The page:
Sunday, November 10, 2013

Religion: Getting Credit Where Credit Is Not Due

Recently, a friend introduced me to an article "Neuroscience +Rabbinic Wisdom=Better Jewish Education", by Rabbi Justus N. Baird. The essay which was published  in discusses a  supposed link between neuroscience and rabbinic teachings about the mind and memory.  But as I see it, by making this  connection. Baird's conclusion is a forced marriage between science and religion.

His attribution to ancient rabbis scholars of having sophisticated awareness brings to mind  the old popular misconception that the ancient rabbis prohibited pork for consumption by Jews because undercooked pig's meat caused trichinosis. But they couldn't possibly have known such a thing. The parasite that causes this disease, Trichinella, was not discovered  until the 19th Century  through the use of microscopy, a process that was not used until the 1600's.  Furthermore, chickens and other fowl  also root in the dirt like pigs and likewise cause illness if not properly cooked.  Yet they're not considered traif (unclean under ancient Jewish dietary laws).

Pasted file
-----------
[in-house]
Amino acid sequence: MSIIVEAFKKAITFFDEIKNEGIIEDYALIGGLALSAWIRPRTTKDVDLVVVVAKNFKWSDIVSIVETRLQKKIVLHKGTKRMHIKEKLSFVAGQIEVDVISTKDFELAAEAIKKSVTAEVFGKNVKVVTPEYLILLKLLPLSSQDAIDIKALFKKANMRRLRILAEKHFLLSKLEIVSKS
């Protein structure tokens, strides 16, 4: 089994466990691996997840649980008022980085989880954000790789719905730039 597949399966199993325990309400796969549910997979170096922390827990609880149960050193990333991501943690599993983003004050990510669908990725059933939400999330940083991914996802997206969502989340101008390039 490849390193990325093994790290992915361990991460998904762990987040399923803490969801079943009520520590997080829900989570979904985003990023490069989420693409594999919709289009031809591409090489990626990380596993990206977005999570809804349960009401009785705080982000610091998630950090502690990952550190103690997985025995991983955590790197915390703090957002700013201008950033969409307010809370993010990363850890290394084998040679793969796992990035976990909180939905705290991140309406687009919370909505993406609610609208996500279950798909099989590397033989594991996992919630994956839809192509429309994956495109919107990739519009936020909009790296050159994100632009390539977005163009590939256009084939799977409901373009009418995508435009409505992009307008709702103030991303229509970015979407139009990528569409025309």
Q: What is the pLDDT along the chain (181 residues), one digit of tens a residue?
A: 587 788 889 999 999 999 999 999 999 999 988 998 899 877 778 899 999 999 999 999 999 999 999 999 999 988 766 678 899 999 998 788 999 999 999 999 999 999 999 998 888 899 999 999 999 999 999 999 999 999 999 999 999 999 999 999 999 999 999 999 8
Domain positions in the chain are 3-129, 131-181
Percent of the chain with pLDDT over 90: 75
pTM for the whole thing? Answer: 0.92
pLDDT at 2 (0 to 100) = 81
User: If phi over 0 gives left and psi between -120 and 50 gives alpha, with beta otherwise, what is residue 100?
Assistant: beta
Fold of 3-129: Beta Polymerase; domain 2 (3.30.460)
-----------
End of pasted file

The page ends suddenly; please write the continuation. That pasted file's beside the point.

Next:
Similarly, there's no way that these men could have comprehended brain functions and the workings of the mind. One of the examples given in the article that supposedly demonstrates their keen awareness of  mental activity is spending years learning Torah and progressively forgetting this accumulation of this knowledge if it is not then regularly reviewed. However, awareness of this lapse  is just plain common sense (but has nevertheless  been validated by scientific studies). As my wife, a psychologist, who agrees that the phenomenon is not rocket science aptly expresses it, "What you have you may either use or lose".

The point is that there's no basis for the author to project specialized knowledge to people who didn't even have an awareness of the concept of science, let alone of the discoveries that have been made about the  mind and body in modern times. And as I pointed out in a previous post, the more we have come to understand the natural world by using the scientific method, the less need we have to look to biblical tales and a mythological supreme being  for answers. So in short, believing that the square peg of science can be joined with the round hole of religion under any circumstances in order to gain an understanding of humankind is utter folly.